New York Times columnist Nicholas D. Kristof figured out the central problem with modern industrial agriculture (global edition 24-9-09).
“It’s not just that it produces unhealthy food, mishandles waste and overuses antibiotics in ways that harm us all”, he writes, “more fundamentally, it has no soul.”
Where the rural is nothing more than an effect of capital the soul that connects people to land and nature disappears.
The soul returns in those practices which are not aimed at abstract quantities but at particular qualities. Following Robert Pirsig, quality, or soul, cannot be defined but can be mutually experienced, in this case, by both producer and consumer.
“We were tired of being price takers” they said. “We have learned to seek buyers and work price and quality with them. It is based on transparent costing and a reasonable return. It just is all about relationships.”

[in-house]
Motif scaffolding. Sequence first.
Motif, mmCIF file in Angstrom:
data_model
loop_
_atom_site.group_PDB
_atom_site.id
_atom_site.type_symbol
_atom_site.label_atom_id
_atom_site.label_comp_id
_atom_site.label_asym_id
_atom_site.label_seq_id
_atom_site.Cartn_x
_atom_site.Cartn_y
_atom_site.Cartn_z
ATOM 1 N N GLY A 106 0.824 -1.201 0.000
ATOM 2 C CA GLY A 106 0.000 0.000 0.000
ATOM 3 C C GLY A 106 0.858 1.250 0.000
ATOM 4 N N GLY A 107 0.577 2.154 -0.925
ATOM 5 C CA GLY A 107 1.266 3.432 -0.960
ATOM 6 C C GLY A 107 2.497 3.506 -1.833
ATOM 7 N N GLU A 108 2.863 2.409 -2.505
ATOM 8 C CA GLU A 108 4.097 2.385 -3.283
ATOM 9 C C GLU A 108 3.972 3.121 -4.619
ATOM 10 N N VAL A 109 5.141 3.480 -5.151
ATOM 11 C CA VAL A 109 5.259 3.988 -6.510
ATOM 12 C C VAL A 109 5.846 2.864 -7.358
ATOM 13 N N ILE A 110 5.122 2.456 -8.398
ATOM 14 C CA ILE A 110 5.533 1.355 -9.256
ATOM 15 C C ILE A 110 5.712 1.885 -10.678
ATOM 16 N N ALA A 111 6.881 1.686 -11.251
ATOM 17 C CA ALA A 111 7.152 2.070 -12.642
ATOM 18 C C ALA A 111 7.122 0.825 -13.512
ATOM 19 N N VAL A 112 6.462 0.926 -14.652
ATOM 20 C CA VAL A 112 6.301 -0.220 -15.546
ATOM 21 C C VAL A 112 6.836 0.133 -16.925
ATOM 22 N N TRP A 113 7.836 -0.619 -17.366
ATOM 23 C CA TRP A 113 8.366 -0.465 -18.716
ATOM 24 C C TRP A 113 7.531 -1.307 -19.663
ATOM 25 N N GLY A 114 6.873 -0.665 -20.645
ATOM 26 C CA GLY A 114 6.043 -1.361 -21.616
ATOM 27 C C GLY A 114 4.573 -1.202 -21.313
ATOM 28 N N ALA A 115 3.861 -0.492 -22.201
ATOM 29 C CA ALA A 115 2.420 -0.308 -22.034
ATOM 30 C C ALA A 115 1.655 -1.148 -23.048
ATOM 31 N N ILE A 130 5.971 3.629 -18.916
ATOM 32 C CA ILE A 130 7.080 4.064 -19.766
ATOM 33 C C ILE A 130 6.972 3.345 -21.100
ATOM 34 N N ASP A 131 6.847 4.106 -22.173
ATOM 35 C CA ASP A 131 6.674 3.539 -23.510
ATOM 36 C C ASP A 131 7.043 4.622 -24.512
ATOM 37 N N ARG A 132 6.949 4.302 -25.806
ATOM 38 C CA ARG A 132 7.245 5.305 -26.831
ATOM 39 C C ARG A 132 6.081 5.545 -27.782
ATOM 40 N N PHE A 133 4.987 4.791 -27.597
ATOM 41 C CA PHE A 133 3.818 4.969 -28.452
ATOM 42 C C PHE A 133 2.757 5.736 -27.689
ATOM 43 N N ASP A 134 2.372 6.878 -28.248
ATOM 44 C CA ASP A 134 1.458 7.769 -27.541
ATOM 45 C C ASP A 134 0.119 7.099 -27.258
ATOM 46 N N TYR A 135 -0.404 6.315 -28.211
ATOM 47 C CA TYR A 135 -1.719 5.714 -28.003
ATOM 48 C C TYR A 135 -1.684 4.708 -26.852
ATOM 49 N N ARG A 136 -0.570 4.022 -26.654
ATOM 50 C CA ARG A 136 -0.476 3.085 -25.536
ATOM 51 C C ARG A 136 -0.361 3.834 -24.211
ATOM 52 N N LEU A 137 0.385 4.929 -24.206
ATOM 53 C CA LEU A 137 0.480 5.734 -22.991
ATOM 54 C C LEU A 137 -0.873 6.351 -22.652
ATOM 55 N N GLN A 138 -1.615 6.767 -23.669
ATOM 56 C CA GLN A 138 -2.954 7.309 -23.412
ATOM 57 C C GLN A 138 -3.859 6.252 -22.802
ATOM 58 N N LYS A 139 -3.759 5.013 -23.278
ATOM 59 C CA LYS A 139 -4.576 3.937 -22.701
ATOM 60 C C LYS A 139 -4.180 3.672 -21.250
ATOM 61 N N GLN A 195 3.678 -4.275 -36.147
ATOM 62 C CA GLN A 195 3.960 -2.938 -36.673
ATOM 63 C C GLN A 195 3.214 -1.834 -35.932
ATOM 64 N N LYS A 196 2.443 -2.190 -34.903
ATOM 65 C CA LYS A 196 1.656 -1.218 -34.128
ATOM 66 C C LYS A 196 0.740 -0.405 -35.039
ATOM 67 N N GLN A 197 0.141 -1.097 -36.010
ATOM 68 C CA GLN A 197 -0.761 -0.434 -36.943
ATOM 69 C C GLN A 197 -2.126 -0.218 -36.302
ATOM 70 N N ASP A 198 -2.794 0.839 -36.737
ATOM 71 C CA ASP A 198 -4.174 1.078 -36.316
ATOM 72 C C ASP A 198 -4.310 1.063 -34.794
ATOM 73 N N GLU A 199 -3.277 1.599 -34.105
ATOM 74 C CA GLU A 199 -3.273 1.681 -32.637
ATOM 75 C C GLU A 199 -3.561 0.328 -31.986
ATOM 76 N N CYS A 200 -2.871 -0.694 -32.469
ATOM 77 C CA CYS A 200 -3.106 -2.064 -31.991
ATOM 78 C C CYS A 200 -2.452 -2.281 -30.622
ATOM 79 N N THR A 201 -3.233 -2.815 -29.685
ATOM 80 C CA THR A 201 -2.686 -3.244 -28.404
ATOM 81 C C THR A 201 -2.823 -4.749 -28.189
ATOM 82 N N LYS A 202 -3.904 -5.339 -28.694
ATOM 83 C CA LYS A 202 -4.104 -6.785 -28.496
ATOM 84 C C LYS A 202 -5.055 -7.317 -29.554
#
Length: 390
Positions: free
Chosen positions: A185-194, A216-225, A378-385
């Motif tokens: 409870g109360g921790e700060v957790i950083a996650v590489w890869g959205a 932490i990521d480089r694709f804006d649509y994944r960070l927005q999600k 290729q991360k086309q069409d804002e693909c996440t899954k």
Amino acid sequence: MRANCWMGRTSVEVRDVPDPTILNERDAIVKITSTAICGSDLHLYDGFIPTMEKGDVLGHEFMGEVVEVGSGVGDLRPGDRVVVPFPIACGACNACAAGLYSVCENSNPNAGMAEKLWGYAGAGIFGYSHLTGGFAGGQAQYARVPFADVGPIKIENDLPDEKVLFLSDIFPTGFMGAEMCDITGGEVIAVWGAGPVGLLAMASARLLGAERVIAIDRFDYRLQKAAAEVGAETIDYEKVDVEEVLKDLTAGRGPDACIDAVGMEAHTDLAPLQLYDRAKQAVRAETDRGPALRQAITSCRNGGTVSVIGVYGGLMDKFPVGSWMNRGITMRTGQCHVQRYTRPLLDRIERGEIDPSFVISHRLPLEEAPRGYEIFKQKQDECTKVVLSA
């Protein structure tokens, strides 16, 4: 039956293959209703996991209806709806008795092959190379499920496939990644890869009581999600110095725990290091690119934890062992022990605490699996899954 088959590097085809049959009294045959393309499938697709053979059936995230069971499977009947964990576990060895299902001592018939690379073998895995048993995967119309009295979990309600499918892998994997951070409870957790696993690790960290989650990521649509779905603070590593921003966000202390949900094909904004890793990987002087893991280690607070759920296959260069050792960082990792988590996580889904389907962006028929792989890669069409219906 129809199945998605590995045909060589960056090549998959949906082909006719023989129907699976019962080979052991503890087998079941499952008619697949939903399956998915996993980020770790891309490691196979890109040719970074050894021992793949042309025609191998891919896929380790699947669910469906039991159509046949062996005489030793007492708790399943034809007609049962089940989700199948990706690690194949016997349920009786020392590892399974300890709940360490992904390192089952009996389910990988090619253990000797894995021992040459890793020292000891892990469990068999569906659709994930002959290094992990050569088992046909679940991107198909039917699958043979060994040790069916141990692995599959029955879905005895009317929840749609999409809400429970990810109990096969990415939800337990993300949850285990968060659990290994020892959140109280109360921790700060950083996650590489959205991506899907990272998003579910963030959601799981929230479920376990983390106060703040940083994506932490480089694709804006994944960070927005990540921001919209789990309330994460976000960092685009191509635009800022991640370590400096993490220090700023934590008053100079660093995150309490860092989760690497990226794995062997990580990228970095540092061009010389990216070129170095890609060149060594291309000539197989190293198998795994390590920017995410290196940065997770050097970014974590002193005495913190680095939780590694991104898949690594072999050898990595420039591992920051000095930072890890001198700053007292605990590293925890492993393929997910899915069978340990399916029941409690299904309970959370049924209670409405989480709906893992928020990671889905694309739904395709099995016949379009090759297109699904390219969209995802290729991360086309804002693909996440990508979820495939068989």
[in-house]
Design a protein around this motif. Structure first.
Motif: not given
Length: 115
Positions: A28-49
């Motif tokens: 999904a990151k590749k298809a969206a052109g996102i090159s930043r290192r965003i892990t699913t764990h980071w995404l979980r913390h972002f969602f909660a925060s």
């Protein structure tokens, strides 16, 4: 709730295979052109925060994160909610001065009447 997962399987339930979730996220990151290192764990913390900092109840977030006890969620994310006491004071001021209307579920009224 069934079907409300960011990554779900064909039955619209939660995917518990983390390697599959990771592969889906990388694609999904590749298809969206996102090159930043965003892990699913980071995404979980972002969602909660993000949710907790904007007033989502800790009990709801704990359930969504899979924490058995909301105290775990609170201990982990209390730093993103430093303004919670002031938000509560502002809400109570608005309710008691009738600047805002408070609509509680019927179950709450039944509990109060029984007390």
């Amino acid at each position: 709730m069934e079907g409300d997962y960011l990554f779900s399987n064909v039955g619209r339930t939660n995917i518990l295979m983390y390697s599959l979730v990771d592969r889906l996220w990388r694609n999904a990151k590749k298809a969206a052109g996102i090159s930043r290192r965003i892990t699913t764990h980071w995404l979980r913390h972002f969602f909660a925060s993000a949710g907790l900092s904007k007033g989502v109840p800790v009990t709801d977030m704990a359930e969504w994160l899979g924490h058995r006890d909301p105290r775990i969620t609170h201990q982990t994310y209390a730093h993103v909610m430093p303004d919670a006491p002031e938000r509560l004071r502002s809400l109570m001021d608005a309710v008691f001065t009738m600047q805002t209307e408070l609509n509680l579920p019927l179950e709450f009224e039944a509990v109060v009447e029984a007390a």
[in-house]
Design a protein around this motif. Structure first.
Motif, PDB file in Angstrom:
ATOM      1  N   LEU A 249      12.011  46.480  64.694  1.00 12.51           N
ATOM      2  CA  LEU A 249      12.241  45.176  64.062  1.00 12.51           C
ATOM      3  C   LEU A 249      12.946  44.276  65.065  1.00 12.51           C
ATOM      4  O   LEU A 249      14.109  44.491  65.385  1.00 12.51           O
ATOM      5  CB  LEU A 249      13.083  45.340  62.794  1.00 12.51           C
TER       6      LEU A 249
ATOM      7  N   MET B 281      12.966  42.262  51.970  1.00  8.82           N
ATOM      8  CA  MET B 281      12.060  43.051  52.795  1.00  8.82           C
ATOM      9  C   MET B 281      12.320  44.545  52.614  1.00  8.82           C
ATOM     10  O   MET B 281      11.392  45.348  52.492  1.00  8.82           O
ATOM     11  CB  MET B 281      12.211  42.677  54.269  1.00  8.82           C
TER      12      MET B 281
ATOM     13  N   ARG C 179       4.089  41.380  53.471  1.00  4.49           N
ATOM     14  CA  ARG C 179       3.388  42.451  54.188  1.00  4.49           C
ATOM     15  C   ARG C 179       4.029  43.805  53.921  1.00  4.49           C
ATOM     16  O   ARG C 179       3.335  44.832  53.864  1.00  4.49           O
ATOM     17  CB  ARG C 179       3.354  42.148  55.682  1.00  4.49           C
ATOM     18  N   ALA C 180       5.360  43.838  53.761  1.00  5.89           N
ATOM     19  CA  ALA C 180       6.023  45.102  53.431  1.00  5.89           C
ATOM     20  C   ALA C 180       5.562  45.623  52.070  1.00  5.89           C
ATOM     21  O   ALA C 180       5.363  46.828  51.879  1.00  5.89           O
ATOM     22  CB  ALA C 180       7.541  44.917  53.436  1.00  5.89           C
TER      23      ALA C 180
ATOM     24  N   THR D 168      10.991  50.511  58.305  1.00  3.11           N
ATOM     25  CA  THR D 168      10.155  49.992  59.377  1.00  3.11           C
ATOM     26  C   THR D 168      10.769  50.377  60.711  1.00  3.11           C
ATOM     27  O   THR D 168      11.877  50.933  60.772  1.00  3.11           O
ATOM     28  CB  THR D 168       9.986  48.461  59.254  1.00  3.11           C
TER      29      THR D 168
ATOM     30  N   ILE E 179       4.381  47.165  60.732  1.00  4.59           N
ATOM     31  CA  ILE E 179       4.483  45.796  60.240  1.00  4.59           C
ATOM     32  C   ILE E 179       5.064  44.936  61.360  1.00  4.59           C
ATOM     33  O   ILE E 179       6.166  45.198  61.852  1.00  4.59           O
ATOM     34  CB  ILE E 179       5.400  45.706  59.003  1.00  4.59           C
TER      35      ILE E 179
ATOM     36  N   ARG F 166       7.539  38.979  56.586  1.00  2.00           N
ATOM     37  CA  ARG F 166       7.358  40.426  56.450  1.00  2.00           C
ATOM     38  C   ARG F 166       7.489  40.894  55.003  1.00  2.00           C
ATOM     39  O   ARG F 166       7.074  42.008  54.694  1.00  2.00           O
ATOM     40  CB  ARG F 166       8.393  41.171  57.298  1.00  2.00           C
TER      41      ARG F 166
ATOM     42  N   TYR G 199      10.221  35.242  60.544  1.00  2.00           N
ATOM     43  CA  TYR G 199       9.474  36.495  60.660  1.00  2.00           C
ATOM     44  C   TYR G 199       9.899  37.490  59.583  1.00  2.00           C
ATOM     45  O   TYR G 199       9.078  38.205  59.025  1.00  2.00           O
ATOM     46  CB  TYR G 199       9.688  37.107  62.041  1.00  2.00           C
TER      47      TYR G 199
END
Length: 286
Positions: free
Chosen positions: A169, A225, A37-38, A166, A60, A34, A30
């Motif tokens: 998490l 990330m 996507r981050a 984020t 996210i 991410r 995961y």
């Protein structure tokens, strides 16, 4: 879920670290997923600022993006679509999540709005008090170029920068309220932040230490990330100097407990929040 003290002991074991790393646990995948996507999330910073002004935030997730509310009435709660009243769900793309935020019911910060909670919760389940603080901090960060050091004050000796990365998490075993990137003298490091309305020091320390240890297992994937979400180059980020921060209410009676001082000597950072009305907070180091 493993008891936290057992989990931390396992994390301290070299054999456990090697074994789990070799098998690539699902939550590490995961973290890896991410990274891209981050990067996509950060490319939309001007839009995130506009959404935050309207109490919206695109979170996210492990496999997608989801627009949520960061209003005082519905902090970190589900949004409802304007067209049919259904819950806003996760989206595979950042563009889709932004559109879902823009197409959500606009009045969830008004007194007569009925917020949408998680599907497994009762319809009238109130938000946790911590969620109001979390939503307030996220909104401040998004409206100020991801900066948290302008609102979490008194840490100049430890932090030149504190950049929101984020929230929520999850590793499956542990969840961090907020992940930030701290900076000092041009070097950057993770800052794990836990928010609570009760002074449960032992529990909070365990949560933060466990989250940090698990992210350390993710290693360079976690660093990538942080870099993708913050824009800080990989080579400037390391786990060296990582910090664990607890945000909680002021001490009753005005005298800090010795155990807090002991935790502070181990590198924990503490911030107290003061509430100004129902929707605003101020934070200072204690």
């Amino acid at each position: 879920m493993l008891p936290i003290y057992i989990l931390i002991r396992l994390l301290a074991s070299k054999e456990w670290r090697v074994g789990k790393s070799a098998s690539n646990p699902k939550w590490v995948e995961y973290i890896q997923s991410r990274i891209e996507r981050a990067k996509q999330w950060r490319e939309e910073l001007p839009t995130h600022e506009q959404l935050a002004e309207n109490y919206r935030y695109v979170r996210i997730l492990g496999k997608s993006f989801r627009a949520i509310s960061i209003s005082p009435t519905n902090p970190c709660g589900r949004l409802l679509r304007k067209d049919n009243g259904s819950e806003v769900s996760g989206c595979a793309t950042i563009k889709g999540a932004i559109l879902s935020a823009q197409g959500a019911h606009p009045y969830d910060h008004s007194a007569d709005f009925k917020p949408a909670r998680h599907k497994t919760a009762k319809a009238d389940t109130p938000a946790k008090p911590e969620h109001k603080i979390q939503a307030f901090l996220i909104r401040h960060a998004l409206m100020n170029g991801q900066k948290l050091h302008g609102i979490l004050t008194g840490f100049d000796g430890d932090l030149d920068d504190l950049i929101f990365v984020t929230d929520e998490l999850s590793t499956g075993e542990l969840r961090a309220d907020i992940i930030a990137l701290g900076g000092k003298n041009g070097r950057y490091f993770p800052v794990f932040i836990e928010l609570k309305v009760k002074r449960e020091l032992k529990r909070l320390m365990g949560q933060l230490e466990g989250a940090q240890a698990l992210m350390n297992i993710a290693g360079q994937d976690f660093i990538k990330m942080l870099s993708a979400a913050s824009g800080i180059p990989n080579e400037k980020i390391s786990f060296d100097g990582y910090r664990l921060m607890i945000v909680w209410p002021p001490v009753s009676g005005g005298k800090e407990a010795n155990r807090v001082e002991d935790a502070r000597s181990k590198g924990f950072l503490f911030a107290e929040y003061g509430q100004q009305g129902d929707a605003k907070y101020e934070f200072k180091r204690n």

The obvious critique is that we cannot feed the world with piecemeal examples of re-connection. But our current global industrial Ag model might just stifle our imagination of what is thinkable as an alternative Larry Busch remarked in his presentation at the ESRS meeting.
What if we left conveyor-belt-linear-thinking behind and instead adopted principles of feed-back or metabolic cycles in our designs, policies and innovations and infrastructure? Rightly so, Thomas L. Friedmann argued in the same edition of New York Times that our solutions to climate change, poverty, food security and biodiversity loss need to be as integrated as nature itself.